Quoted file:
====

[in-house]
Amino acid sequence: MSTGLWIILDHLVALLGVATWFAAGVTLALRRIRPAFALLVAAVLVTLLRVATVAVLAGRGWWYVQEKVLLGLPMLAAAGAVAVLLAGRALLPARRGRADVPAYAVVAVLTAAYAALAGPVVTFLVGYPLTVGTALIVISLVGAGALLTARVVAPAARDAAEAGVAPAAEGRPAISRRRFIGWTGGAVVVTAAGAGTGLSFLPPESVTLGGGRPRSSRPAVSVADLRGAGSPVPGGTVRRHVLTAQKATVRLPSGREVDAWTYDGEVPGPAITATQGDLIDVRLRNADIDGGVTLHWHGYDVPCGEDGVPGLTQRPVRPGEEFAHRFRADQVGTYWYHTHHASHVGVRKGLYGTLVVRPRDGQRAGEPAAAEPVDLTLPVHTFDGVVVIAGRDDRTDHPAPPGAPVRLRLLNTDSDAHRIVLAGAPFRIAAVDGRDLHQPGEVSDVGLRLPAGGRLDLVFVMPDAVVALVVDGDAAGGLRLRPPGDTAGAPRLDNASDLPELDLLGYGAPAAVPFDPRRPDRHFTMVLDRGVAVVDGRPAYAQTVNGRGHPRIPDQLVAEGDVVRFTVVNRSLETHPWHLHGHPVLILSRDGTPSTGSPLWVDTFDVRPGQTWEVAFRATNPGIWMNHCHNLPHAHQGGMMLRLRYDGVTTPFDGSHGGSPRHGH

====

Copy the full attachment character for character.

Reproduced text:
[in-house]
Amino acid sequence: MSTGLWIILDHLVALLGVATWFAAGVTLALRRIRPAFALLVAAVLVTLLRVATVAVLAGRGWWYVQEKVLLGLPMLAAAGAVAVLLAGRALLPARRGRADVPAYAVVAVLTAAYAALAGPVVTFLVGYPLTVGTALIVISLVGAGALLTARVVAPAARDAAEAGVAPAAEGRPAISRRRFIGWTGGAVVVTAAGAGTGLSFLPPESVTLGGGRPRSSRPAVSVADLRGAGSPVPGGTVRRHVLTAQKATVRLPSGREVDAWTYDGEVPGPAITATQGDLIDVRLRNADIDGGVTLHWHGYDVPCGEDGVPGLTQRPVRPGEEFAHRFRADQVGTYWYHTHHASHVGVRKGLYGTLVVRPRDGQRAGEPAAAEPVDLTLPVHTFDGVVVIAGRDDRTDHPAPPGAPVRLRLLNTDSDAHRIVLAGAPFRIAAVDGRDLHQPGEVSDVGLRLPAGGRLDLVFVMPDAVVALVVDGDAAGGLRLRPPGDTAGAPRLDNASDLPELDLLGYGAPAAVPFDPRRPDRHFTMVLDRGVAVVDGRPAYAQTVNGRGHPRIPDQLVAEGDVVRFTVVNRSLETHPWHLHGHPVLILSRDGTPSTGSPLWVDTFDVRPGQTWEVAFRATNPGIWMNHCHNLPHAHQGGMMLRLRYDGVTTPFDGSHGGSPRHGH